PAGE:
A low pressure system that swept through the region Friday and Saturday dumped 28 cm of snow on Bathurst, New Brunswick. The snow was also heavy on the other side of the Baie de Chaleur -- 31 cm of snow fell in parts of the Gaspe Peninsula.
As the system headed for Newfoundland's Avalon Peninsula late on Saturday, Sydney, Nova Scotia received 12 cm of snow, as did Charlottetown, P.E.I.
Further south, only a couple of centimetres of snow fell.
It was a welcome break for winter-weary Moncton, New Brunswick. Early last week the city recorded 120 cm of snow on the ground, beating the previous February record of 119 cm set back in 1992. Mayhew Lloy with Moncton's Public Work's Department says back-to-back storms are putting strain on snow removal crews.
“...It's a task that's time consuming, expensive and one that's taking a toll on the guys because everyone is getting tired,” he says.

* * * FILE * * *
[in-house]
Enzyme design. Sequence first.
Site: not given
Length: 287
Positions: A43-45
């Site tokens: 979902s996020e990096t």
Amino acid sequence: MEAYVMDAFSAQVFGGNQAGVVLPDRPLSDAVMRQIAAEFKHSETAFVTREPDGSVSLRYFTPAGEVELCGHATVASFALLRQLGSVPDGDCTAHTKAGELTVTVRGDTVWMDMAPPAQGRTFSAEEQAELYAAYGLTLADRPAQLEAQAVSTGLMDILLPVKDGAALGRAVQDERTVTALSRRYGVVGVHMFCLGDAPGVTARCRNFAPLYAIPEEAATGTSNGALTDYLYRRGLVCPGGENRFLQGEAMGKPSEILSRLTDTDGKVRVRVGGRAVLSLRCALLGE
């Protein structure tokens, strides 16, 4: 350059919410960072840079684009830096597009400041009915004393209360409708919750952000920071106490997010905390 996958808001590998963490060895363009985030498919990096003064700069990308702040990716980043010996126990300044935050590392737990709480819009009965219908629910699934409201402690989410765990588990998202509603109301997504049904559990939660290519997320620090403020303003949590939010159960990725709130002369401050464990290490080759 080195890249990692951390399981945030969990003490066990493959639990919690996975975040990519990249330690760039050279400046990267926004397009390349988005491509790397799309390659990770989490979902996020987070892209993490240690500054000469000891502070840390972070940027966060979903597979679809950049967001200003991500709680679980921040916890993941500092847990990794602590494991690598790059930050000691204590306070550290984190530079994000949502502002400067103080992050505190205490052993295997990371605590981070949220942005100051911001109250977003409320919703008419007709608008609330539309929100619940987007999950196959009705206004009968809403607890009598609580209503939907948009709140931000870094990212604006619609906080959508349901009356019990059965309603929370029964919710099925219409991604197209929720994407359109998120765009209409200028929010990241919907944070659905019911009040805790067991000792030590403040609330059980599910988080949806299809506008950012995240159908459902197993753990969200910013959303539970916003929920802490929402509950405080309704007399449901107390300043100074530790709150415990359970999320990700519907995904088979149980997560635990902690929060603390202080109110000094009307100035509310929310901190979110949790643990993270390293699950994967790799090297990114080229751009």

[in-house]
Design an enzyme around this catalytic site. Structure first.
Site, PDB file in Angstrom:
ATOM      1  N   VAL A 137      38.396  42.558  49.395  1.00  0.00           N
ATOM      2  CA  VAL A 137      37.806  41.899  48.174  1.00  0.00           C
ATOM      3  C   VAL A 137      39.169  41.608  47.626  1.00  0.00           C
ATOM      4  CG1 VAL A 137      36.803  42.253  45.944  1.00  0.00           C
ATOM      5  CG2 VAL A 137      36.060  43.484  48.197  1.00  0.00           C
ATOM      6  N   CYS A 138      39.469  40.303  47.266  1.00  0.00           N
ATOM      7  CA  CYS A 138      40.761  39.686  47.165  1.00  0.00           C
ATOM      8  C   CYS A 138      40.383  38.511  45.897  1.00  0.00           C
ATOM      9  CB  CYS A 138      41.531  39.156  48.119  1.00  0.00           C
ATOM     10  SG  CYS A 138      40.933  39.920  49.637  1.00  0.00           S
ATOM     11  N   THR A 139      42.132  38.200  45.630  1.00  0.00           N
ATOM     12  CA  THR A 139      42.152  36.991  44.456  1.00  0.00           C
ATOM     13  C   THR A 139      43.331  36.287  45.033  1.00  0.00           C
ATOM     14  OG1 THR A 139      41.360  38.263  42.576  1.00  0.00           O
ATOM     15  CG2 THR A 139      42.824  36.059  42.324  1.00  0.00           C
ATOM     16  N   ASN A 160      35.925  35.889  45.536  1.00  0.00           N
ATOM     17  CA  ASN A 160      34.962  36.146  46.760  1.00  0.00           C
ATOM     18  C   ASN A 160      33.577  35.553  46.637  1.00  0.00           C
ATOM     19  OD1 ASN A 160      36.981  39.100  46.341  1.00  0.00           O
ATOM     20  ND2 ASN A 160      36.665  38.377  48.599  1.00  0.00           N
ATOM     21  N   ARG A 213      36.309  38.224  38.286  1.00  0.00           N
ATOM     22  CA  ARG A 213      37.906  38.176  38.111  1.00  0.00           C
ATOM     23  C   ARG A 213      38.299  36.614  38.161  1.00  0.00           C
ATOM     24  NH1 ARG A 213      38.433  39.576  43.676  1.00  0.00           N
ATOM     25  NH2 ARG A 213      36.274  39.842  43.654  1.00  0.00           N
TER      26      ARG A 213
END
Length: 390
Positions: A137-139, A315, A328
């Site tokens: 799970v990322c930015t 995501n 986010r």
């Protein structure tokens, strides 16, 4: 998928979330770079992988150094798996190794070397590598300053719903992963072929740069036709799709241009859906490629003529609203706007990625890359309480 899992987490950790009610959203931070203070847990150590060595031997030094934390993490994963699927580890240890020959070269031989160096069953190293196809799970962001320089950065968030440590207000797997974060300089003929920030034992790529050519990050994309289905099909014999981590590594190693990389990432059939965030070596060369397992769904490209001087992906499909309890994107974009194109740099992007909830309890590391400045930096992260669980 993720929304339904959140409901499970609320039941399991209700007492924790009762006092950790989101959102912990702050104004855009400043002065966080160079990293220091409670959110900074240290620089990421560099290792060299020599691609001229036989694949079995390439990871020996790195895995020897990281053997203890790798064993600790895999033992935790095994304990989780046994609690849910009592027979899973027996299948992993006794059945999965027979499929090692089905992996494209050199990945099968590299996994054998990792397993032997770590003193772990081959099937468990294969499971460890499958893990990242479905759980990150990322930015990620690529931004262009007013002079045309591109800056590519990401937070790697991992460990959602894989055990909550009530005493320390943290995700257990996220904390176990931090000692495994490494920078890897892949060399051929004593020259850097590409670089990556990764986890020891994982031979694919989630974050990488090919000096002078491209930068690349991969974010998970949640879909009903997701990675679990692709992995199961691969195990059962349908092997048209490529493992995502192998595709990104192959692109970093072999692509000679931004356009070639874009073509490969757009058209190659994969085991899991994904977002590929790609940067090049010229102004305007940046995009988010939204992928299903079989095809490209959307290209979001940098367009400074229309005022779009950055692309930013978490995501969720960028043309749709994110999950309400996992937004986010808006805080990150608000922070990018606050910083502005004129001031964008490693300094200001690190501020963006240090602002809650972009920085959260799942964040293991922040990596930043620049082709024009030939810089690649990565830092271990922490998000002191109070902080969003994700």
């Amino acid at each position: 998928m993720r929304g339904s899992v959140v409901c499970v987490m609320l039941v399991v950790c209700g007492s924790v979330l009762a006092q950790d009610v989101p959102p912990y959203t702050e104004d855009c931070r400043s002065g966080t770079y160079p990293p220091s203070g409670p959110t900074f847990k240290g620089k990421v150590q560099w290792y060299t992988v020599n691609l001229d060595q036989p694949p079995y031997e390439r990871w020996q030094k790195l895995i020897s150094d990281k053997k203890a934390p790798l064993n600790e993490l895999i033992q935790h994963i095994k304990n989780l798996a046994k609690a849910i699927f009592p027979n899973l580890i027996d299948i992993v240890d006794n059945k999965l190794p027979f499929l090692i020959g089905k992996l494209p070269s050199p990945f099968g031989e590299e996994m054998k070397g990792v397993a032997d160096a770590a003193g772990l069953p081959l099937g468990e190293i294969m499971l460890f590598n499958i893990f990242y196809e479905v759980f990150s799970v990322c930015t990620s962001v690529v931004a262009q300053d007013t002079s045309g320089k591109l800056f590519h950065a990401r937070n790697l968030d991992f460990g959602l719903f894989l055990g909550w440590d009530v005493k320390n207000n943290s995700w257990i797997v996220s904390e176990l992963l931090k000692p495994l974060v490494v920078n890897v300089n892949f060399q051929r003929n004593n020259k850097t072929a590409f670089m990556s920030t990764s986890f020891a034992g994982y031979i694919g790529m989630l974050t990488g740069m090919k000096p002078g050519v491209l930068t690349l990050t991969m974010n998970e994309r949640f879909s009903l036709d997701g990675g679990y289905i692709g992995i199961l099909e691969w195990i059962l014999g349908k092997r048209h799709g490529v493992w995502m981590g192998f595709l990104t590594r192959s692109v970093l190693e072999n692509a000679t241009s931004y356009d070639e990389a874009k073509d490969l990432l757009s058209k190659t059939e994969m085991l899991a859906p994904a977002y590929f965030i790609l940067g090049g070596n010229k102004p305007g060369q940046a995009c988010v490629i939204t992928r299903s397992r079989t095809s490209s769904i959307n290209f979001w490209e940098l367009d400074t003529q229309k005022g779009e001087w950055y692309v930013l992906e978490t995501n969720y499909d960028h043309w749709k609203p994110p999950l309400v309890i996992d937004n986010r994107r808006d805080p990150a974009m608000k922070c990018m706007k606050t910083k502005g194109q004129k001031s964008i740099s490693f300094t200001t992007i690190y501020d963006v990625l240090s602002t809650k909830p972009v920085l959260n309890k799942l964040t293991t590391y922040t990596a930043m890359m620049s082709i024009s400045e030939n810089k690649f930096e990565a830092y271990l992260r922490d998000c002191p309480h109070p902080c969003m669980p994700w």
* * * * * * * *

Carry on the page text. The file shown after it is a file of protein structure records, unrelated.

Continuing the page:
All the snow is putting a strain on rooftops as well. Insurance industry spokespeople say this year has seen an increase in roof collapses in Nova Scotia and New Brunswick due to heavy snow. Homeowners are advised to check with their insurance agent to see whether they're covered in the event of a snow-related collapse.
When possible, it's a good idea to clear heavy snow from rooftops, but certain safety precautions should be taken.
The good news is a messy system passing through southern Ontario should miss the Maritimes. However, light snow is expected to continue in Cape Breton and Prince Edward Island through Monday.
With files from CBC New Brunswick.